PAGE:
Lets focus on USD. But USD is currently backed by the US government who has a monopoly in law enforcement and military protection of the United States of America. No matter what you say about the USD, you are forced to use it whether you like it or not. Its what funds the military to function. You wont be happy without it believe it or not.

Every fiat currency is backed by a government which has a monopoly in law enforcement and military protection in that country.  Grin
The US however acts as the world's policeman. Since we have a toothless UN, the USA deems it fit to intervene in countries across the world. But I sincerely doubt whether the US military will go to war to protect the US dollar.
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June 07, 2017, 06:29:26 AM
 #47

Lets focus on USD. But USD is currently backed by the US government who has a monopoly in law enforcement and military protection of the United States of America. No matter what you say about the USD, you are forced to use it whether you like it or not. Its what funds the military to function. You wont be happy without it believe it or not.

The fall of the USSR & end of the Cold War demonstrates how even superpowers are not immune to basic laws of economic disaster.

The USA being $20 trillion in debt could end in a similar fashion to the downfall of the USSR.

Although the media doesn't discuss it, the deficit could be the greatest threat to the united states in this day and age.

For these reasons the US dollar could be a bubble. It could be overvalued far more than bitcoin is.


My friend. The United States of America will rather go start a war than fall like the USSR and East Germany did. In fact, they dont have to, because it is in the very interest of countries like China and Japan that America stays afloat. If they go down, theyre taking everyone with them.
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June 07, 2017, 02:57:59 PM
Last edit: June 07, 2017, 04:08:03 PM by deisik
 #48

You won't believe me
They're bubbles as there has been no price correction

As to me, that's one of the most shitty arguments that I've read here recently

It is like saying that if something had been growing and we hadn't seen a price correction for it, it should necessarily be a bubble. It is like claiming that if you didn't find a proof of something, then you can safely conclude that it doesn't exist (I rephrase the old maxim that the absence of proof is not proof of absence). Anyway, people didn't believe in black swans at first either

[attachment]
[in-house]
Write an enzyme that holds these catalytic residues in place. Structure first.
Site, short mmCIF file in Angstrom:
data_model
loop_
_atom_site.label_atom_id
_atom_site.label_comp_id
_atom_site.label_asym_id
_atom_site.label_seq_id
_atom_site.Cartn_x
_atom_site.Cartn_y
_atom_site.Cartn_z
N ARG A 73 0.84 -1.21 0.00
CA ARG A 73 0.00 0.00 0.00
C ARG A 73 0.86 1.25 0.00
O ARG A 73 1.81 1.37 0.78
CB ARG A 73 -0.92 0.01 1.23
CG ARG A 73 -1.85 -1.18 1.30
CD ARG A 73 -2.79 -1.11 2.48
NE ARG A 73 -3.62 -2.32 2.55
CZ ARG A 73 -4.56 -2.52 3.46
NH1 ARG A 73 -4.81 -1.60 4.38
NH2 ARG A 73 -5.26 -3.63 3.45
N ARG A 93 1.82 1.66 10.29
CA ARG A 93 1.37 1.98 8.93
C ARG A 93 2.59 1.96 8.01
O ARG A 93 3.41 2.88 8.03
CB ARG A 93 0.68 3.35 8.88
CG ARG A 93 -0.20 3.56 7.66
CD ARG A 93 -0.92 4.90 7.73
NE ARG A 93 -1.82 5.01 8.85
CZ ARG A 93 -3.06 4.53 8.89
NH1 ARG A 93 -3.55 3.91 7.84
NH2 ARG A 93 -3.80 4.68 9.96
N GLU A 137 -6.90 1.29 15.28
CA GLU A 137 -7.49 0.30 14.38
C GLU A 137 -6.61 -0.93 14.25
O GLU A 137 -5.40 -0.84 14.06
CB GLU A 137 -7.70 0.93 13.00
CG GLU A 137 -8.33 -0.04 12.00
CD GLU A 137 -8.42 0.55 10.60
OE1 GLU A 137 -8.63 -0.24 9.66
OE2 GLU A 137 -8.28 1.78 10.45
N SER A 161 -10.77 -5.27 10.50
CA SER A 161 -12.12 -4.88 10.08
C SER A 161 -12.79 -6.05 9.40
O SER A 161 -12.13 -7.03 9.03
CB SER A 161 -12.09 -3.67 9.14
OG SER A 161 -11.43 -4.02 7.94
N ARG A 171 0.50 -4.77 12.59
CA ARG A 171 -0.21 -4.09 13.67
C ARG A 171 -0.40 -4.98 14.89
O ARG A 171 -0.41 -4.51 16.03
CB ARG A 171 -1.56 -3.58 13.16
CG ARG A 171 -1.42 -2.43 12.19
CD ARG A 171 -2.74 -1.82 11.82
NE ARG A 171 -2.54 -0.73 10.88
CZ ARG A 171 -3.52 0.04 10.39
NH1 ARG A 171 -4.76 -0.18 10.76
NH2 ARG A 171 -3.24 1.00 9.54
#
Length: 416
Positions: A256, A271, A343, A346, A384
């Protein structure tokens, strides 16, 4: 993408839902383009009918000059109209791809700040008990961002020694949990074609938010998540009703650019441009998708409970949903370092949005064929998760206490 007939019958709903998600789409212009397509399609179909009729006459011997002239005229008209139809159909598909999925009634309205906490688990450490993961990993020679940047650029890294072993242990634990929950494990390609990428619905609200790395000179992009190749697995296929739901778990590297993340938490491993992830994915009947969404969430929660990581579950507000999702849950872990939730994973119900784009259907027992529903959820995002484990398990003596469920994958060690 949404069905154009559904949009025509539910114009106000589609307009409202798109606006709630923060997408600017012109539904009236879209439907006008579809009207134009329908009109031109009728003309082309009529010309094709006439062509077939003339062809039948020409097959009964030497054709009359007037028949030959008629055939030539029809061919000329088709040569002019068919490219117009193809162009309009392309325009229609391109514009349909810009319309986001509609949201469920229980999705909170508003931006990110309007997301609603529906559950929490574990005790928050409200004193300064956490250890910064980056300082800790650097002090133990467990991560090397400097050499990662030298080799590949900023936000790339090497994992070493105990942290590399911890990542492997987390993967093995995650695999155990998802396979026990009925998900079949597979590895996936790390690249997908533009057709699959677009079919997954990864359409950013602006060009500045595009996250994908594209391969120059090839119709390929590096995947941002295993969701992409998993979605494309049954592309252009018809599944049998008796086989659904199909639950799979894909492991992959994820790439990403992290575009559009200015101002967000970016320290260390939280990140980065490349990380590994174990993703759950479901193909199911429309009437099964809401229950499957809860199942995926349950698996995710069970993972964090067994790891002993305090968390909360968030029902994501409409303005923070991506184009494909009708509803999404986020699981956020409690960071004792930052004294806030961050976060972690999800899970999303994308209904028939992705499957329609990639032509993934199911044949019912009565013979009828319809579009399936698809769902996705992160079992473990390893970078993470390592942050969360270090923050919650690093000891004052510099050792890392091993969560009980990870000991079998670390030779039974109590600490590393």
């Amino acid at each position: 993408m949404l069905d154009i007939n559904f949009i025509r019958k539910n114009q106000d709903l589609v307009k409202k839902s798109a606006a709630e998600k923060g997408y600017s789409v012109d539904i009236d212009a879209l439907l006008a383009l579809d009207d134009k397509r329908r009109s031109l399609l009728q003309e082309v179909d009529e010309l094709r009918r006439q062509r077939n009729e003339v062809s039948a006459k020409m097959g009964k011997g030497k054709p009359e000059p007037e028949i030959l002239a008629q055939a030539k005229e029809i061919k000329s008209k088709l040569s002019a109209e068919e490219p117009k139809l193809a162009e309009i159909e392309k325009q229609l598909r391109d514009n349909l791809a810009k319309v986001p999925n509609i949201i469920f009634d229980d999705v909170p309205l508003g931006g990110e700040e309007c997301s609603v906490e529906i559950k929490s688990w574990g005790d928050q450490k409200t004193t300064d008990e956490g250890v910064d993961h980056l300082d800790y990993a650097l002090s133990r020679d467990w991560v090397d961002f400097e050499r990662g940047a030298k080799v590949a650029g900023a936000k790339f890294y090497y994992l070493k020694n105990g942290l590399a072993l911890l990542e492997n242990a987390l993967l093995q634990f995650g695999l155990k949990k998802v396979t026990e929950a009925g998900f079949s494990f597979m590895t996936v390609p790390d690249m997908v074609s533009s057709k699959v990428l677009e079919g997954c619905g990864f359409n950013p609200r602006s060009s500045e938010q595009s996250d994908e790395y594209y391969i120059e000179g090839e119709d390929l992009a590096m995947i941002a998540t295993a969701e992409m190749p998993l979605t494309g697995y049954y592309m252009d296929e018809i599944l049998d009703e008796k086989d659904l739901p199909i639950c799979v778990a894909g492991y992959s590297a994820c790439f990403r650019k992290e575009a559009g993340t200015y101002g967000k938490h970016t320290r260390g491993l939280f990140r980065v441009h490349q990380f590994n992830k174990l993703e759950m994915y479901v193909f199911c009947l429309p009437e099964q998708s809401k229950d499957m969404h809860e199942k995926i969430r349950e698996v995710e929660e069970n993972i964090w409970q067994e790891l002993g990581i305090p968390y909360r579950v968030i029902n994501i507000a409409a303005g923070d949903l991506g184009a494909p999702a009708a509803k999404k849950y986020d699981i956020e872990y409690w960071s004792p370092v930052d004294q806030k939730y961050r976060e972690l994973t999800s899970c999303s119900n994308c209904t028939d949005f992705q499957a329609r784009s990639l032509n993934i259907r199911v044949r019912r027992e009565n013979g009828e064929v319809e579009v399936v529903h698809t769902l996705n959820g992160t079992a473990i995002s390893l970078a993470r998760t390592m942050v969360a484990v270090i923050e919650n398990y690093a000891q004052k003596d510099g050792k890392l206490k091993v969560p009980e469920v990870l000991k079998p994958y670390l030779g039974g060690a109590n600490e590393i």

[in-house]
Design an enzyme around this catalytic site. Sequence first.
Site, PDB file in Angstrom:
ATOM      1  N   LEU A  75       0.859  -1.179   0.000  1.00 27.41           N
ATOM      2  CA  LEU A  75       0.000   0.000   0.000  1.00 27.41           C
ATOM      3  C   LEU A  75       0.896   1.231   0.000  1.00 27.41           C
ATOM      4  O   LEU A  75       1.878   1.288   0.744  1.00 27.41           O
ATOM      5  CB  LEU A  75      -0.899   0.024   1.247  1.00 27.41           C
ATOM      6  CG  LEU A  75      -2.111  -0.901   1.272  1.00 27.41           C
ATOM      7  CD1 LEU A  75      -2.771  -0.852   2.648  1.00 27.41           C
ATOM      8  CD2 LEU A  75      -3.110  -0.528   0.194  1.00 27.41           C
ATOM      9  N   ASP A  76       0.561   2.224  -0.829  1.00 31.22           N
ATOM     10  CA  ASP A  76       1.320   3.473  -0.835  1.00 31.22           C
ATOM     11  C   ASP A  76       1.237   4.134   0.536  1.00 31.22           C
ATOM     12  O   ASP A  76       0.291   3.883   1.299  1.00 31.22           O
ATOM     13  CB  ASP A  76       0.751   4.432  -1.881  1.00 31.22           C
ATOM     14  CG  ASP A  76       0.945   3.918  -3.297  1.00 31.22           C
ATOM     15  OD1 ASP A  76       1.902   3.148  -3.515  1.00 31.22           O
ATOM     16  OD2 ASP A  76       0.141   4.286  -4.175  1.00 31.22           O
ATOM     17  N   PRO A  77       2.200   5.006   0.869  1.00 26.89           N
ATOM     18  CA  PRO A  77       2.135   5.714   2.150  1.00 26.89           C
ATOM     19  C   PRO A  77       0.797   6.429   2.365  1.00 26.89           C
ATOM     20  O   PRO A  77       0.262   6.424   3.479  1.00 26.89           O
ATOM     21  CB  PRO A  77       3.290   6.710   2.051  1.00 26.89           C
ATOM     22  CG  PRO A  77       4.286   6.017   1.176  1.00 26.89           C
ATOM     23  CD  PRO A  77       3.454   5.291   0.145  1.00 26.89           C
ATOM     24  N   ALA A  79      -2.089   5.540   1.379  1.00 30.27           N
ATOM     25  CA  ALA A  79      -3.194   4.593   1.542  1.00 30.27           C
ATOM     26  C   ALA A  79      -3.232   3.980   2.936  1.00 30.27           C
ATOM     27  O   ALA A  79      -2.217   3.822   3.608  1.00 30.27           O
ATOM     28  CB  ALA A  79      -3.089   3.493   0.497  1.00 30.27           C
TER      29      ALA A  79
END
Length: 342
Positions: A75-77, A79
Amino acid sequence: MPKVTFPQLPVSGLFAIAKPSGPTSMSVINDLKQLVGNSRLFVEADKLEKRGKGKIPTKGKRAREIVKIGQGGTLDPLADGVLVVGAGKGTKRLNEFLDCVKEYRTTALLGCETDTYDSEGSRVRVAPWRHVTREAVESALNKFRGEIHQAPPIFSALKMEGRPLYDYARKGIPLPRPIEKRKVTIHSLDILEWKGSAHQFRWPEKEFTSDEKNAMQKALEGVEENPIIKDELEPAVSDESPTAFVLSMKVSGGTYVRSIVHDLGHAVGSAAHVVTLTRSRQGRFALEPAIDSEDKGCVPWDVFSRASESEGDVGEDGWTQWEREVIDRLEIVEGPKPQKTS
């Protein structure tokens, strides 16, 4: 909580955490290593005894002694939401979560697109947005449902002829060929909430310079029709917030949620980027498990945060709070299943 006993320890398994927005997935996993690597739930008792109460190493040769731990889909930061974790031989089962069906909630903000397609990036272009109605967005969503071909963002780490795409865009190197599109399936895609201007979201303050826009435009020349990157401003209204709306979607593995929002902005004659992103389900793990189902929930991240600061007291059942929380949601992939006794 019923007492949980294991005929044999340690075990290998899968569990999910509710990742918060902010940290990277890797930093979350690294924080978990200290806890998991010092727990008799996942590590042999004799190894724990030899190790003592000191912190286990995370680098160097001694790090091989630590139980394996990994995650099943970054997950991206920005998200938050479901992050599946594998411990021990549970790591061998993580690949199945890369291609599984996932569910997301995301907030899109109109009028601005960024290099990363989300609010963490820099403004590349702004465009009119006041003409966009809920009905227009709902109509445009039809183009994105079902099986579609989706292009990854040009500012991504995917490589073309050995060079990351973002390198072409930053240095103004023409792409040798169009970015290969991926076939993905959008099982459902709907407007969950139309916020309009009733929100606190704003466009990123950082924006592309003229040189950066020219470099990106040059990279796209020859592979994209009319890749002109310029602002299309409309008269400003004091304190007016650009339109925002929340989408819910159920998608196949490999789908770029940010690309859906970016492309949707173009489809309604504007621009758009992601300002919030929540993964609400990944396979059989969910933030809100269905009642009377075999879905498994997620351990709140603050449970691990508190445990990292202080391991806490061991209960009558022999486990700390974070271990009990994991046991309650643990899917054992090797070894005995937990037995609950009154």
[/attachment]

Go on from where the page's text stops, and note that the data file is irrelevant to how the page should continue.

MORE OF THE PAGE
Until they were actually discovered

The media loves to talk about china engaging in "currency manipulation". Its a question of whether you believe china is the only country in the world that engages in currency manipulation the way the media claims. Or whether the united states & other countries also manipulate the value of their currency to avoid the types of massive price corrections that should naturally follow countries adding trillions of dollars of deficit and debt to their balance sheet

I don't need to believe in that

What you call "currency manipulation" is one of the tools that central banks (like the Fed) use to regulate the financial (currency) markets, i.e. the currencies they happen to issue. And this is not something that that they do covertly, this is one of their major tasks written in their policies, i.e. to support the stability of the national currency including but certainly not limited to direct currency interventions. Whether they are good at it or not is another question. Sometimes they lose massively (see George Soros versus British pound affair). Regarding economic rules and laws, if they can override these, they will. If they can't, the rules will override them eventually. As simple as it gets

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Hydrogen
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June 07, 2017, 08:00:46 PM
 #49

My friend. The United States of America will rather go start a war than fall like the USSR and East Germany did. In fact, they dont have to, because it is in the very interest of countries like China and Japan that America stays afloat. If they go down, theyre taking everyone with them.

The last time the united states went to "war" it spent in excess of $6.5 trillion and only succeeded in making its terrorist enemies more powerful. USA went to war and ISIS for example went from being a small organization to being a large, powerful, organization which encompasses near to the entire world? Spending $6.5 tril to achieve that, seems like a bad deal?

America is not equipped to wage war efficiently or cost effectively. It routinely inflicts a higher dollar damage amount to itself whenever it goes to war, than it manages to inflict on its enemies. I'm not certain what "war" is supposed to achieve? It would exacerbate the deficit and cause the united states to implode economically at a faster rate?

I don't need to believe in that

What you call "currency manipulation" is one of the tools that central banks (like the Fed) use to regulate the financial (currency) markets, i.e. the currencies they happen to issue. And this is not something that that they do covertly, this is one of their major tasks written in their policies, i.e. to support the stability of the national currency including but certainly not limited to direct currency interventions. Whether they are good at it or not is another question. Sometimes they lose massively (see George Soros versus British pound affair). Regarding economic rules and laws, if they can override these, they will. If they can't, the rules will override them eventually. As simple as it gets